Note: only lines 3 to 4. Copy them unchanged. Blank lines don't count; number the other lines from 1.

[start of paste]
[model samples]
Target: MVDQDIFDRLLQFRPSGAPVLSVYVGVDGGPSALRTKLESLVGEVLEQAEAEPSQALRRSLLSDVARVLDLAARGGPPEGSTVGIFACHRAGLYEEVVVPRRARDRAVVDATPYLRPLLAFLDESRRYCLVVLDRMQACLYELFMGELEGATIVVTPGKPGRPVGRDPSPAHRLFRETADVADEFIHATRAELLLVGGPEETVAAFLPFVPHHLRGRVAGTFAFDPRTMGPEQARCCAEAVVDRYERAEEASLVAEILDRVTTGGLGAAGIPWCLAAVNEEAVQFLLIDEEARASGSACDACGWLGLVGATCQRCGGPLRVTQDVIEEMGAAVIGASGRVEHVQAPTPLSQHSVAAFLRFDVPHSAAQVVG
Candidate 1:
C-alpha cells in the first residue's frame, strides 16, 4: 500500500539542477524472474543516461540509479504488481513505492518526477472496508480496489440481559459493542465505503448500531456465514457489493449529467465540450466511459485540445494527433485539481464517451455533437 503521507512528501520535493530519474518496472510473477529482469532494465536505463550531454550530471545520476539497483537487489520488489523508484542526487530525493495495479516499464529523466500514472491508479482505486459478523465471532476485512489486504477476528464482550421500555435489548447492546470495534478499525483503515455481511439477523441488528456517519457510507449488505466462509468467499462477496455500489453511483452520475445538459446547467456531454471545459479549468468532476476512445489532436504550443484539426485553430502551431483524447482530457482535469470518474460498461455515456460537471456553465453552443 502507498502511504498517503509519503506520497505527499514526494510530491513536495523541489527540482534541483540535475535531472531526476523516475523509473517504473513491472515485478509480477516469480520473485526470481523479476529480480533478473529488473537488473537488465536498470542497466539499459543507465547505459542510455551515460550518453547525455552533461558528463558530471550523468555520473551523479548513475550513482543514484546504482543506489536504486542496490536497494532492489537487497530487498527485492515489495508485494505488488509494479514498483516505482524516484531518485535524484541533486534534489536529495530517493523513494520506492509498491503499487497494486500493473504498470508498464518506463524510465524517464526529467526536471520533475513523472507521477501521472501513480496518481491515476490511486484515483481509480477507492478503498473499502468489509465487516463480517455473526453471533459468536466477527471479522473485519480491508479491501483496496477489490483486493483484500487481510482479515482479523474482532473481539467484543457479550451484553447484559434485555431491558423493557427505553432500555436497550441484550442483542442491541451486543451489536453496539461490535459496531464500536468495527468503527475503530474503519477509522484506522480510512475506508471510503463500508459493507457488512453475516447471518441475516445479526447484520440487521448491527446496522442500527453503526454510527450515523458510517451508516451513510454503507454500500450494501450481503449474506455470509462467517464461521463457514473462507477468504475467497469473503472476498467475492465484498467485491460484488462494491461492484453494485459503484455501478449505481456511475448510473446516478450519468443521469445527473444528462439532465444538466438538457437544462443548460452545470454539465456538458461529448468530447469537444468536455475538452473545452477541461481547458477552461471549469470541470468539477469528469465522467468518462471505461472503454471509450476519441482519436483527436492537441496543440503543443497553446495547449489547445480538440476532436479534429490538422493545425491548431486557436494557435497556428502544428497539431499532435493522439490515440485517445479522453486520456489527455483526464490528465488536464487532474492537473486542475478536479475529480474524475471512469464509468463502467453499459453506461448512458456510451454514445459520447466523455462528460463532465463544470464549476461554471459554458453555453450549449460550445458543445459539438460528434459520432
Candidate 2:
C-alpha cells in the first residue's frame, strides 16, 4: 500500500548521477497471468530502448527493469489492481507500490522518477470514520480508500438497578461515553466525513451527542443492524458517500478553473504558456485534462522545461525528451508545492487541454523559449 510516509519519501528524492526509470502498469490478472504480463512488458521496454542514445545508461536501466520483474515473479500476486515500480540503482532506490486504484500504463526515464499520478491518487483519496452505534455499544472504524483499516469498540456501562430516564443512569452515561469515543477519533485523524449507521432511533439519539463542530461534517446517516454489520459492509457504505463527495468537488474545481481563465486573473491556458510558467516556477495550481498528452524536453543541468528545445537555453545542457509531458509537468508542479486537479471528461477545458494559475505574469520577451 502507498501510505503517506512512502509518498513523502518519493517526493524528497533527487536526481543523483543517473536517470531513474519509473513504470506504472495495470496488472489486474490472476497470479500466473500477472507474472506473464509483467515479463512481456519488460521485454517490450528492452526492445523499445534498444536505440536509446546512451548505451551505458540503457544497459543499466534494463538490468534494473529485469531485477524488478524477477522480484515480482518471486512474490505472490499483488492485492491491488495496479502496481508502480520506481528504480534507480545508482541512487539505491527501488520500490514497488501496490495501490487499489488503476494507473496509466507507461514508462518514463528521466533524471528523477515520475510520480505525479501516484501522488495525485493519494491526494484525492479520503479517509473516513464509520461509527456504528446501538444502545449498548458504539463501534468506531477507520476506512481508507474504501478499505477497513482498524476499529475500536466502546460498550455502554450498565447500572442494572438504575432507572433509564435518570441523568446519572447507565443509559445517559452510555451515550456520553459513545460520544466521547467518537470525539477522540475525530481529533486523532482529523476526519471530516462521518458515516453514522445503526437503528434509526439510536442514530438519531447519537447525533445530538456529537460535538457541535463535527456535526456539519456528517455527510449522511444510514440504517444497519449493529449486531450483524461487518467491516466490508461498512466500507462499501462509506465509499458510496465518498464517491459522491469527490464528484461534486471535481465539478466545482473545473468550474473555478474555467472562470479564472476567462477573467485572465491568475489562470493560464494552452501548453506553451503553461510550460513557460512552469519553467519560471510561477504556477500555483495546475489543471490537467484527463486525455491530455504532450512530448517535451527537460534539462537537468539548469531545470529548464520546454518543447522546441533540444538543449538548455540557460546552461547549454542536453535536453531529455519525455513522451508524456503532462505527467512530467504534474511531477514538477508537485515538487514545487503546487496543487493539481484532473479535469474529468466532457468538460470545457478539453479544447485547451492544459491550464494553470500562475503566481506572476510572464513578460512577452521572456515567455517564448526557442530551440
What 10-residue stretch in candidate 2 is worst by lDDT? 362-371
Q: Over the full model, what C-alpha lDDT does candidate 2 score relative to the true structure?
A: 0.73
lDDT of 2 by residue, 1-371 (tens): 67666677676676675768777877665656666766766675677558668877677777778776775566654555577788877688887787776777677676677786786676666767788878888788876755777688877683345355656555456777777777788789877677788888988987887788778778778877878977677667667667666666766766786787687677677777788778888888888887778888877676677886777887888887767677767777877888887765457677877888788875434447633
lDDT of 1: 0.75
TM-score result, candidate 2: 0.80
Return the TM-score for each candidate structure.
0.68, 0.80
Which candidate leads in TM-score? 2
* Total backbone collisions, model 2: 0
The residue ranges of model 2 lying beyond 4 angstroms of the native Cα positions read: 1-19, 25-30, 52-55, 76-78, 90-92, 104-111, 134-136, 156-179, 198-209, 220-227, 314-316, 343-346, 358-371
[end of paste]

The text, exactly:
Candidate 1:
C-alpha cells in the first residue's frame, strides 16, 4: 500500500539542477524472474543516461540509479504488481513505492518526477472496508480496489440481559459493542465505503448500531456465514457489493449529467465540450466511459485540445494527433485539481464517451455533437 503521507512528501520535493530519474518496472510473477529482469532494465536505463550531454550530471545520476539497483537487489520488489523508484542526487530525493495495479516499464529523466500514472491508479482505486459478523465471532476485512489486504477476528464482550421500555435489548447492546470495534478499525483503515455481511439477523441488528456517519457510507449488505466462509468467499462477496455500489453511483452520475445538459446547467456531454471545459479549468468532476476512445489532436504550443484539426485553430502551431483524447482530457482535469470518474460498461455515456460537471456553465453552443 502507498502511504498517503509519503506520497505527499514526494510530491513536495523541489527540482534541483540535475535531472531526476523516475523509473517504473513491472515485478509480477516469480520473485526470481523479476529480480533478473529488473537488473537488465536498470542497466539499459543507465547505459542510455551515460550518453547525455552533461558528463558530471550523468555520473551523479548513475550513482543514484546504482543506489536504486542496490536497494532492489537487497530487498527485492515489495508485494505488488509494479514498483516505482524516484531518485535524484541533486534534489536529495530517493523513494520506492509498491503499487497494486500493473504498470508498464518506463524510465524517464526529467526536471520533475513523472507521477501521472501513480496518481491515476490511486484515483481509480477507492478503498473499502468489509465487516463480517455473526453471533459468536466477527471479522473485519480491508479491501483496496477489490483486493483484500487481510482479515482479523474482532473481539467484543457479550451484553447484559434485555431491558423493557427505553432500555436497550441484550442483542442491541451486543451489536453496539461490535459496531464500536468495527468503527475503530474503519477509522484506522480510512475506508471510503463500508459493507457488512453475516447471518441475516445479526447484520440487521448491527446496522442500527453503526454510527450515523458510517451508516451513510454503507454500500450494501450481503449474506455470509462467517464461521463457514473462507477468504475467497469473503472476498467475492465484498467485491460484488462494491461492484453494485459503484455501478449505481456511475448510473446516478450519468443521469445527473444528462439532465444538466438538457437544462443548460452545470454539465456538458461529448468530447469537444468536455475538452473545452477541461481547458477552461471549469470541470468539477469528469465522467468518462471505461472503454471509450476519441482519436483527436492537441496543440503543443497553446495547449489547445480538440476532436479534429490538422493545425491548431486557436494557435497556428502544428497539431499532435493522439490515440485517445479522453486520456489527455483526464490528465488536464487532474492537473486542475478536479475529480474524475471512469464509468463502467453499459453506461448512458456510451454514445459520447466523455462528460463532465463544470464549476461554471459554458453555453450549449460550445458543445459539438460528434459520432